26 January 2021

The Holocaust Memorial Day Trust suggests that we all light a candle at 8pm this evening to commemorate and remember all those who died in the Holocaust.

Today is Holocaust Memorial Day, a time for us to remember the six million Jews who were murdered by the Nazi regime -, a monumental act of genocide. 

It is also a time to remember and commemorate all those killed and forced to suffer in other genocides, including those that have taken place in Cambodia, Rwanda, Bosnia and Darfur.

The Holocaust Memorial Day theme this year is Be the light in the darkness. It encourages everyone to reflect on the depths humanity can sink to, but also the ways individuals and communities resisted that darkness to ‘be the light’ before, during and after genocide.

As part of this collective attempt to help ensure that these terrible crimes committed against humanity ae never forgotten, ELFT Governor Beverley Morris kindly gave up some time to answer questions about what Memorial Day means to her, and why it is so important we never allow the truth to be forgotten.

Beverley, have you been an East Londoner all your life, and how long have you been a Governor with ELFT? 

My great great grandmother, great grandmother, grandmother, mother, me, my husband and my two children were all born in the Royal London Hospital in Whitechapel. I have been a governor with ELFT for two years.

It is probably impossible to find a Jewish person alive today whose family hasn't been affected by the terrible events of the 1930s and 1940s in Europe.  As you were growing up,  was it something you became aware of at an early age, as something that impacted your family and the wider Jewish community you are part of? 

Yes and No, it affects my husband more as he is the grandson of survivors. it is still relevant today as the problems have not gone away.  it is a big mental health problem; I have met many survivors over the years, most of who what people to know what happened, most have mental health problems which they hid very well for the world, but not their families, however, it has been passed down to the next generation. Hopefully, it will not pass down the third  generation. We have no way of telling.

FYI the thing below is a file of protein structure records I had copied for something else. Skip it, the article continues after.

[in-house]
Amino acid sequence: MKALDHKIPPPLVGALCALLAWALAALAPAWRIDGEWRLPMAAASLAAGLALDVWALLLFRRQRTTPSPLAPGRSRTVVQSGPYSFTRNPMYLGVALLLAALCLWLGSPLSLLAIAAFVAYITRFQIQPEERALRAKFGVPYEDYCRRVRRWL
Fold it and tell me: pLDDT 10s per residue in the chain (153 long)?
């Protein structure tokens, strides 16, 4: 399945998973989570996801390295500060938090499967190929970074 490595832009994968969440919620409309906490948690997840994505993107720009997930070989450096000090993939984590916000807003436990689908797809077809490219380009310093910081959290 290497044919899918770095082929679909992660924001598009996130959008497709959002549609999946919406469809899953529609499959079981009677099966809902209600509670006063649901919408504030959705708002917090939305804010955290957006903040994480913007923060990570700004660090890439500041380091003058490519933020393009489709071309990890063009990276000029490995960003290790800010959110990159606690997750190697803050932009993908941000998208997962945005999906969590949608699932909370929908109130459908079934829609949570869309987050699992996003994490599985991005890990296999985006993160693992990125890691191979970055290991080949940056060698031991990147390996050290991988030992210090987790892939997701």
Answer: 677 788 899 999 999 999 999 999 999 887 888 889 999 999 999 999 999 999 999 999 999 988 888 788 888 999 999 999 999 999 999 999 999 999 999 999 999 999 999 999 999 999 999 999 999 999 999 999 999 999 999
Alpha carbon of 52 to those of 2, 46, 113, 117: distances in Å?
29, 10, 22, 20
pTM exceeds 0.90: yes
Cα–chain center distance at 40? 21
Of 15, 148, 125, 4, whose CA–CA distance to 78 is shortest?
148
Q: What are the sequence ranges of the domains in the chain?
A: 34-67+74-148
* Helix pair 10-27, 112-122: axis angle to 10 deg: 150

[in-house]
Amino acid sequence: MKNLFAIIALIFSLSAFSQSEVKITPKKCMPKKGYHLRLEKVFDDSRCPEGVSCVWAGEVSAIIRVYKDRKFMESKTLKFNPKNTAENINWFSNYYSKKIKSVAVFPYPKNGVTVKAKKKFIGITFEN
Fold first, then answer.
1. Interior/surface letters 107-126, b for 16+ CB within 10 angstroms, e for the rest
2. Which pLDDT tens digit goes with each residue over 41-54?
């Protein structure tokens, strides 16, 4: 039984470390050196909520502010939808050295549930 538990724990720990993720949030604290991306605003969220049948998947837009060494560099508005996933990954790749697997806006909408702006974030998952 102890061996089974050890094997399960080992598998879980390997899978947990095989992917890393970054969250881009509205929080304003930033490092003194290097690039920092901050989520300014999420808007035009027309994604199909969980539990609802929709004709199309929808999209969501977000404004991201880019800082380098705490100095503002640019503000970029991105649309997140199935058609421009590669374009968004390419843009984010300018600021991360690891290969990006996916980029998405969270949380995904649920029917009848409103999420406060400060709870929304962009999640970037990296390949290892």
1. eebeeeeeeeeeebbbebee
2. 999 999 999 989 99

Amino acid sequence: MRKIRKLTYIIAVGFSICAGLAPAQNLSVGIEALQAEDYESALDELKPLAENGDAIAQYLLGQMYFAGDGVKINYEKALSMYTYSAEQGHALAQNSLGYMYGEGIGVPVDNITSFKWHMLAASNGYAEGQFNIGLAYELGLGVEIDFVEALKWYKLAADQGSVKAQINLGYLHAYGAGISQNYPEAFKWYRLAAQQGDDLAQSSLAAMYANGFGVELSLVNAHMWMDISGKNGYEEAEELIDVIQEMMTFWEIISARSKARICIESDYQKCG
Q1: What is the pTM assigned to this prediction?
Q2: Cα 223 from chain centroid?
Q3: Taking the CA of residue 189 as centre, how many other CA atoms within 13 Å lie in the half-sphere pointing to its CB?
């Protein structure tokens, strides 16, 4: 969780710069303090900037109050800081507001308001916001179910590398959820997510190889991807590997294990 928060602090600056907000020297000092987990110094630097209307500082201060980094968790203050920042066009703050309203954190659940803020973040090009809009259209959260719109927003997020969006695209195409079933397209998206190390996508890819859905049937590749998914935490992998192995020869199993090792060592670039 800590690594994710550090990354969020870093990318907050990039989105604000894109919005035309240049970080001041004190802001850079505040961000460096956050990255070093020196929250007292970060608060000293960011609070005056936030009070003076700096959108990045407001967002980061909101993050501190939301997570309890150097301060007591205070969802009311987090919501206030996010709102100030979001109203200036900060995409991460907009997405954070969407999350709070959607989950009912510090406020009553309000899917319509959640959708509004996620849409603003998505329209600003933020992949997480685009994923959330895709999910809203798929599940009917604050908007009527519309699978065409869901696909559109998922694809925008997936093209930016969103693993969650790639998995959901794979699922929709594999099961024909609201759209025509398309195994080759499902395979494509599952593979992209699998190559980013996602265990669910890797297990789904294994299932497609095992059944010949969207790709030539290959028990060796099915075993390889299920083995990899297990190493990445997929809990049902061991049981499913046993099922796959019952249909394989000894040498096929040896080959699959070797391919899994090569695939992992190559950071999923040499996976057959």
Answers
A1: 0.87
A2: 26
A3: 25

According to the Campaign Against AntisemitismThe Community Security Trust, anti-Semitic attacks are now at a record high here and in Europe. What responsibility do we all have in helping to ensure that anti-Semitism is never accepted ever again in a civilised society? 

Yes, it can happen again, it is happening now in China. This time its Muslims. Estimates suggest that over one million Uyghurs are being held in detention camps.

You have to remember the Holocaust did not start with the camps. It started with Jews, LGBT and political opponents not being able to sit in the parks, so it started very slowly with minor things. So, people just got used to it and accepted it.  it saddens me to hear that a university in this country is thinking of banning Chaucer, as this is how it starts - little things that nobody takes any notice of.  Like a President telling his supporters to storm the Capitol Building to Jewish students in this country at university being shouted at and called names.   Ask people if they know what 6MWNE* means. This was on the t-shirt of one of the people who stormed the Capitol Building in Washington. It was all over the news.

Holocaust Memorial Day is also about subsequent genocides. This is why there are 7 candles, not six. We also light a candle for the 1.5 million children that are not remembered.  

*“6 million was not enough."

The International Holocaust Remembrance Alliance hosts educational resources and works to ensure the lessons of history are never forgotten.